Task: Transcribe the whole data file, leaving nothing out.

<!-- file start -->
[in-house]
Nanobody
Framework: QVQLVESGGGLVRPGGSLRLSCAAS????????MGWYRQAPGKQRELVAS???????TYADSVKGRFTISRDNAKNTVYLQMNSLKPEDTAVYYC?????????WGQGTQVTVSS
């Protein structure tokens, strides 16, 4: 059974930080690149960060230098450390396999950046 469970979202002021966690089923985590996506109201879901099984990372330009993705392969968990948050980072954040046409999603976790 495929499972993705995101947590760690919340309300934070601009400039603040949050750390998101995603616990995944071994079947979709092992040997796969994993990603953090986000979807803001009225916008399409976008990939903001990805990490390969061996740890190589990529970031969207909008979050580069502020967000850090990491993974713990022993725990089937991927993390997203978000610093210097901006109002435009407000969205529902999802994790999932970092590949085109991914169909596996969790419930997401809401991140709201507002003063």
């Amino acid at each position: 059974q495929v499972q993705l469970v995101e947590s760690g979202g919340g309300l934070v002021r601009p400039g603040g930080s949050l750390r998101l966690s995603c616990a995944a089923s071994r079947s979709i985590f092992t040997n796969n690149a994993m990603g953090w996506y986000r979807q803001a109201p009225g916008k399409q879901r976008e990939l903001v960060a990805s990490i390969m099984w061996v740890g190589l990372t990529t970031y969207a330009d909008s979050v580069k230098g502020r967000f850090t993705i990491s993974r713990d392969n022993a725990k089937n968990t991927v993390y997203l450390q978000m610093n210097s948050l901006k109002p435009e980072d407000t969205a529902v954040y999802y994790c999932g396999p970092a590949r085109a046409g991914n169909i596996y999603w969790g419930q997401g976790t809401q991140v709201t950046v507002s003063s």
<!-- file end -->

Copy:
[in-house]
Nanobody
Framework: QVQLVESGGGLVRPGGSLRLSCAAS????????MGWYRQAPGKQRELVAS???????TYADSVKGRFTISRDNAKNTVYLQMNSLKPEDTAVYYC?????????WGQGTQVTVSS
């Protein structure tokens, strides 16, 4: 059974930080690149960060230098450390396999950046 469970979202002021966690089923985590996506109201879901099984990372330009993705392969968990948050980072954040046409999603976790 495929499972993705995101947590760690919340309300934070601009400039603040949050750390998101995603616990995944071994079947979709092992040997796969994993990603953090986000979807803001009225916008399409976008990939903001990805990490390969061996740890190589990529970031969207909008979050580069502020967000850090990491993974713990022993725990089937991927993390997203978000610093210097901006109002435009407000969205529902999802994790999932970092590949085109991914169909596996969790419930997401809401991140709201507002003063």
């Amino acid at each position: 059974q495929v499972q993705l469970v995101e947590s760690g979202g919340g309300l934070v002021r601009p400039g603040g930080s949050l750390r998101l966690s995603c616990a995944a089923s071994r079947s979709i985590f092992t040997n796969n690149a994993m990603g953090w996506y986000r979807q803001a109201p009225g916008k399409q879901r976008e990939l903001v960060a990805s990490i390969m099984w061996v740890g190589l990372t990529t970031y969207a330009d909008s979050v580069k230098g502020r967000f850090t993705i990491s993974r713990d392969n022993a725990k089937n968990t991927v993390y997203l450390q978000m610093n210097s948050l901006k109002p435009e980072d407000t969205a529902v954040y999802y994790c999932g396999p970092a590949r085109a046409g991914n169909i596996y999603w969790g419930q997401g976790t809401q991140v709201t950046v507002s003063s």